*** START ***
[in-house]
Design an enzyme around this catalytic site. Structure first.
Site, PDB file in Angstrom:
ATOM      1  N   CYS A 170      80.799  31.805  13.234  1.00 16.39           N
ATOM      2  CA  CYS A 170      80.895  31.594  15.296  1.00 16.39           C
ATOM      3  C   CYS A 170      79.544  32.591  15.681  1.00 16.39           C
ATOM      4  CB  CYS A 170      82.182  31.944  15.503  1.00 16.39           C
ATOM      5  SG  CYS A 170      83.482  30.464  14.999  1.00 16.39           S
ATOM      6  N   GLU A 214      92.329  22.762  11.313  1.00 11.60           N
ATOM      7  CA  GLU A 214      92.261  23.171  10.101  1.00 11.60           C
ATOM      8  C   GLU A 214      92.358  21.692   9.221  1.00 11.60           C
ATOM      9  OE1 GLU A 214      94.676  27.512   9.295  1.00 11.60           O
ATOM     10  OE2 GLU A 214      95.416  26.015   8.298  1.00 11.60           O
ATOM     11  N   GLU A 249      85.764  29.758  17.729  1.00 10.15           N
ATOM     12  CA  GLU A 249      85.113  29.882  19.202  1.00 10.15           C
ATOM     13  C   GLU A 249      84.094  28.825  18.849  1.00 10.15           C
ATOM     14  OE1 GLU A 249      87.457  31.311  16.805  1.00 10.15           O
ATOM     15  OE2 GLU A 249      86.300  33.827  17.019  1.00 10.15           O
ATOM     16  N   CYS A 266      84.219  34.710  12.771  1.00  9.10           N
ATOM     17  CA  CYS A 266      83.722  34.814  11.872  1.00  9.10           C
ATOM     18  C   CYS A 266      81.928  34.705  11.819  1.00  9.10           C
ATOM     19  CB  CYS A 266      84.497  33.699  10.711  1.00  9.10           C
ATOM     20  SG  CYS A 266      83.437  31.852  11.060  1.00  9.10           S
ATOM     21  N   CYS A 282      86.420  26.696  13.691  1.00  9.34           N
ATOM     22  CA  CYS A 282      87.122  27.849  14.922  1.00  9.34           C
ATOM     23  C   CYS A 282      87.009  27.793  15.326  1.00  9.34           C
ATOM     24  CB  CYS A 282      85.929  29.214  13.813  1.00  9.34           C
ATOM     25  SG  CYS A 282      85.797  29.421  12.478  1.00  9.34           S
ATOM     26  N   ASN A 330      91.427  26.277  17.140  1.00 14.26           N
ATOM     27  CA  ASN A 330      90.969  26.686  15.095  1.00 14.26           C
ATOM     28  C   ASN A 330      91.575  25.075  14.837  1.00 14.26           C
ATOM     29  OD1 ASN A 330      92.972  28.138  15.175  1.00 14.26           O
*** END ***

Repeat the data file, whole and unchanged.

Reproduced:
[in-house]
Design an enzyme around this catalytic site. Structure first.
Site, PDB file in Angstrom:
ATOM      1  N   CYS A 170      80.799  31.805  13.234  1.00 16.39           N
ATOM      2  CA  CYS A 170      80.895  31.594  15.296  1.00 16.39           C
ATOM      3  C   CYS A 170      79.544  32.591  15.681  1.00 16.39           C
ATOM      4  CB  CYS A 170      82.182  31.944  15.503  1.00 16.39           C
ATOM      5  SG  CYS A 170      83.482  30.464  14.999  1.00 16.39           S
ATOM      6  N   GLU A 214      92.329  22.762  11.313  1.00 11.60           N
ATOM      7  CA  GLU A 214      92.261  23.171  10.101  1.00 11.60           C
ATOM      8  C   GLU A 214      92.358  21.692   9.221  1.00 11.60           C
ATOM      9  OE1 GLU A 214      94.676  27.512   9.295  1.00 11.60           O
ATOM     10  OE2 GLU A 214      95.416  26.015   8.298  1.00 11.60           O
ATOM     11  N   GLU A 249      85.764  29.758  17.729  1.00 10.15           N
ATOM     12  CA  GLU A 249      85.113  29.882  19.202  1.00 10.15           C
ATOM     13  C   GLU A 249      84.094  28.825  18.849  1.00 10.15           C
ATOM     14  OE1 GLU A 249      87.457  31.311  16.805  1.00 10.15           O
ATOM     15  OE2 GLU A 249      86.300  33.827  17.019  1.00 10.15           O
ATOM     16  N   CYS A 266      84.219  34.710  12.771  1.00  9.10           N
ATOM     17  CA  CYS A 266      83.722  34.814  11.872  1.00  9.10           C
ATOM     18  C   CYS A 266      81.928  34.705  11.819  1.00  9.10           C
ATOM     19  CB  CYS A 266      84.497  33.699  10.711  1.00  9.10           C
ATOM     20  SG  CYS A 266      83.437  31.852  11.060  1.00  9.10           S
ATOM     21  N   CYS A 282      86.420  26.696  13.691  1.00  9.34           N
ATOM     22  CA  CYS A 282      87.122  27.849  14.922  1.00  9.34           C
ATOM     23  C   CYS A 282      87.009  27.793  15.326  1.00  9.34           C
ATOM     24  CB  CYS A 282      85.929  29.214  13.813  1.00  9.34           C
ATOM     25  SG  CYS A 282      85.797  29.421  12.478  1.00  9.34           S
ATOM     26  N   ASN A 330      91.427  26.277  17.140  1.00 14.26           N
ATOM     27  CA  ASN A 330      90.969  26.686  15.095  1.00 14.26           C
ATOM     28  C   ASN A 330      91.575  25.075  14.837  1.00 14.26           C
ATOM     29  OD1 ASN A 330      92.972  28.138  15.175  1.00 14.26           O